TikTok CEO will testify before US Congress to fight against app ban

High stakes congressional hearing for the Chinese app.
Sejal Sharma
U.S. Reps speak to the supporters of TikTok listen during a news conference in front of the U.S. Capitol on March 22, 2023, in Washington, DC.
U.S. Reps speak to the supporters of TikTok listen during a news conference in front of the U.S. Capitol on March 22, 2023, in Washington, DC.

Alex Wong/Getty Images 

TikTok’s fate hangs in the balance as its CEO Shou Chew is set to appear Thursday before a Congressional committee to testify on the Beijing-based platform’s consumer privacy and data security practices, its impact on the youth, and its relationship with the Chinese Communist Party.

You can watch the committee hearing live here:

Will the U.S ban TikTok?

This hearing comes days after the United States threatened to put a nationwide ban on the app if the Chinese owners of Bytedance Ltd, the company that owns TikTok, don’t sell its shares.

With over 150 million U.S. users on the app, the Biden administration fears that the company might be leaking user data to the Xi Jinping-led government.

This will be Chew’s first appearance before a U.S. committee, who, in a strongly worded statement, said, “Let me state this unequivocally: ByteDance is not an agent of China or any other country.”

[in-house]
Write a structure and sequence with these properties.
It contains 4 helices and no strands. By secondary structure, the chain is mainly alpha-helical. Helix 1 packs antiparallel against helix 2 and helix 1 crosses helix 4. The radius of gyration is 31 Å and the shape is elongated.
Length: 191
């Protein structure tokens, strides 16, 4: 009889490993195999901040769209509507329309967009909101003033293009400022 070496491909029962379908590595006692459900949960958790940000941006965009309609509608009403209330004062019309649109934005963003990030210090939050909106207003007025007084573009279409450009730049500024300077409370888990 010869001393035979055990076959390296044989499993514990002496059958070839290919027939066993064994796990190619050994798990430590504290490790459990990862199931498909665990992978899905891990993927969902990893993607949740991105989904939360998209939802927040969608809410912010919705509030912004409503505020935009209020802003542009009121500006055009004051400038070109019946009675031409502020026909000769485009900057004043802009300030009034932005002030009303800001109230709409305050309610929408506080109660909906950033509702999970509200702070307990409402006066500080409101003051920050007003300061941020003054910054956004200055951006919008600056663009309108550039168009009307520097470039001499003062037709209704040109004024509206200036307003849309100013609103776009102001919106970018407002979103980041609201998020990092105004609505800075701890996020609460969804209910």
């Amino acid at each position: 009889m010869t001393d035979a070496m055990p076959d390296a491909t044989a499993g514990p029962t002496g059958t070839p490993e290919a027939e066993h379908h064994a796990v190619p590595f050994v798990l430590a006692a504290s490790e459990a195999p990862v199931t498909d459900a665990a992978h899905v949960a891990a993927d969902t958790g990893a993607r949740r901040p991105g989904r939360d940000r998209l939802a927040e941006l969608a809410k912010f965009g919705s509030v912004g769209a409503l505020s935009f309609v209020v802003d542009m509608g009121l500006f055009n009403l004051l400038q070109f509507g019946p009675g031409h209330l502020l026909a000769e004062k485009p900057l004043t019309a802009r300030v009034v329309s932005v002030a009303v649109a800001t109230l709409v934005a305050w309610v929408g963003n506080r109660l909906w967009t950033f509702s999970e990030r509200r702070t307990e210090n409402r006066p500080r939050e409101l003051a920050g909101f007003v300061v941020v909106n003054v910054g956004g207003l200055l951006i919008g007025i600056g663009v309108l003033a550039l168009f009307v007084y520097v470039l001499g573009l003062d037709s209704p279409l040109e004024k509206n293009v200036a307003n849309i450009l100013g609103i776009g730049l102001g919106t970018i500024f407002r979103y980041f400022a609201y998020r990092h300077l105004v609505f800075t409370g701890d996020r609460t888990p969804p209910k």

Chew met with a number of committee members to identify the key pain points, namely: minor safety, data privacy, and security, real-world harms from online activities, and the risk of foreign content manipulation. Ahead of the hearing, he enlisted four commitments to the U.S. Congressional committee and the public at large:

  • We will keep safety—particularly for teenagers—a top priority for us;
  • We will firewall-protected U.S. user data from unauthorized foreign access;
  • TikTok will remain a platform for free expression and will not be manipulated by any government;
  • We will be transparent and give access to third-party independent monitors, to remain accountable for our commitments.

Chew is set to be grilled by the committee members, as was TikTok’s COO Vanessa Pappas at a Senate Homeland Security Committee hearing last year. As per a report, the members were frustrated by her insistence that ByteDance was not a Chinese company and pressed her about TikTok’s China-based employees.

A lot is resting on how Chew deals with the committee’s questions and if he’s able to convince the members of any wrongdoings by TikTok.

TikTok under pressure

Trouble for the company is not just brewing in the U.S. but the world over. TikTok has officially been banned in the phones of federal employees of nations like the U.S., the U.K., Australia, New Zealand, Belgium, the European Union, Canada, and Taiwan.

TikTok has been continuously refuting allegations of Chinese spying and sharing private data of users as baseless and based on ‘fundamental misconceptions.’

A recent Forbes report said that troves of personal data of Indian citizens still lie with the app and remain accessible to company employees. This is worrisome as the Chinese app was banned by the Indian government three years ago, in June 2020, due to geopolitical tensions between the neighboring countries.

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